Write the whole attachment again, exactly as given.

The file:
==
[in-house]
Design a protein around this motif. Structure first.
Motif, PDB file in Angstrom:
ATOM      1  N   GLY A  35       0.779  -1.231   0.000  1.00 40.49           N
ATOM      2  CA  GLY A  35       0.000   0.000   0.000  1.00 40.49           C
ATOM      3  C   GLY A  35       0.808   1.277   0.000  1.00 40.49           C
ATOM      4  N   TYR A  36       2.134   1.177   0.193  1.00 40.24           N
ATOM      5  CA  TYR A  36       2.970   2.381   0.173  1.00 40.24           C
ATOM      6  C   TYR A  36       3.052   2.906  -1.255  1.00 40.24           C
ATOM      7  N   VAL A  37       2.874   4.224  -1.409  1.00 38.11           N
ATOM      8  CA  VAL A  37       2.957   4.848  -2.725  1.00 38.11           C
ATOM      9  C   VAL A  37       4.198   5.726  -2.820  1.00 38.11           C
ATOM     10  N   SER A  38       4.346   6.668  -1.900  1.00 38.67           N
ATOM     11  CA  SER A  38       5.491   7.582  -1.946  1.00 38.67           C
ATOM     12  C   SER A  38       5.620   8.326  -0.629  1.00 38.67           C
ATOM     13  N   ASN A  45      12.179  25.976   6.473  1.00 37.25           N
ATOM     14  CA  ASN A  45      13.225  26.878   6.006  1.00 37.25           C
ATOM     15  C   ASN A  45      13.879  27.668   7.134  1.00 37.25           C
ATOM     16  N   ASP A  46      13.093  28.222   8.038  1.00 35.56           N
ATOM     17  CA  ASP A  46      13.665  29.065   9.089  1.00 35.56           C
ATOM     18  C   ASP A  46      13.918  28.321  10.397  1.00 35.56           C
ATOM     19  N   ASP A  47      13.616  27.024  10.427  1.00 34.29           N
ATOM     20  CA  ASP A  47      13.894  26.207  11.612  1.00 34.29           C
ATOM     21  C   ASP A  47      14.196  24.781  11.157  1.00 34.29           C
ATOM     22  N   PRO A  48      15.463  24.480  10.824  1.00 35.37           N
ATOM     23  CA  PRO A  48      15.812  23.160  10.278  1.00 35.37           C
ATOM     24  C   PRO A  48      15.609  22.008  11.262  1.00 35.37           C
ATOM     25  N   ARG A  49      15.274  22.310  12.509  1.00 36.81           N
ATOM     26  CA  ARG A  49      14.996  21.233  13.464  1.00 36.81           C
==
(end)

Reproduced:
[in-house]
Design a protein around this motif. Structure first.
Motif, PDB file in Angstrom:
ATOM      1  N   GLY A  35       0.779  -1.231   0.000  1.00 40.49           N
ATOM      2  CA  GLY A  35       0.000   0.000   0.000  1.00 40.49           C
ATOM      3  C   GLY A  35       0.808   1.277   0.000  1.00 40.49           C
ATOM      4  N   TYR A  36       2.134   1.177   0.193  1.00 40.24           N
ATOM      5  CA  TYR A  36       2.970   2.381   0.173  1.00 40.24           C
ATOM      6  C   TYR A  36       3.052   2.906  -1.255  1.00 40.24           C
ATOM      7  N   VAL A  37       2.874   4.224  -1.409  1.00 38.11           N
ATOM      8  CA  VAL A  37       2.957   4.848  -2.725  1.00 38.11           C
ATOM      9  C   VAL A  37       4.198   5.726  -2.820  1.00 38.11           C
ATOM     10  N   SER A  38       4.346   6.668  -1.900  1.00 38.67           N
ATOM     11  CA  SER A  38       5.491   7.582  -1.946  1.00 38.67           C
ATOM     12  C   SER A  38       5.620   8.326  -0.629  1.00 38.67           C
ATOM     13  N   ASN A  45      12.179  25.976   6.473  1.00 37.25           N
ATOM     14  CA  ASN A  45      13.225  26.878   6.006  1.00 37.25           C
ATOM     15  C   ASN A  45      13.879  27.668   7.134  1.00 37.25           C
ATOM     16  N   ASP A  46      13.093  28.222   8.038  1.00 35.56           N
ATOM     17  CA  ASP A  46      13.665  29.065   9.089  1.00 35.56           C
ATOM     18  C   ASP A  46      13.918  28.321  10.397  1.00 35.56           C
ATOM     19  N   ASP A  47      13.616  27.024  10.427  1.00 34.29           N
ATOM     20  CA  ASP A  47      13.894  26.207  11.612  1.00 34.29           C
ATOM     21  C   ASP A  47      14.196  24.781  11.157  1.00 34.29           C
ATOM     22  N   PRO A  48      15.463  24.480  10.824  1.00 35.37           N
ATOM     23  CA  PRO A  48      15.812  23.160  10.278  1.00 35.37           C
ATOM     24  C   PRO A  48      15.609  22.008  11.262  1.00 35.37           C
ATOM     25  N   ARG A  49      15.274  22.310  12.509  1.00 36.81           N
ATOM     26  CA  ARG A  49      14.996  21.233  13.464  1.00 36.81           C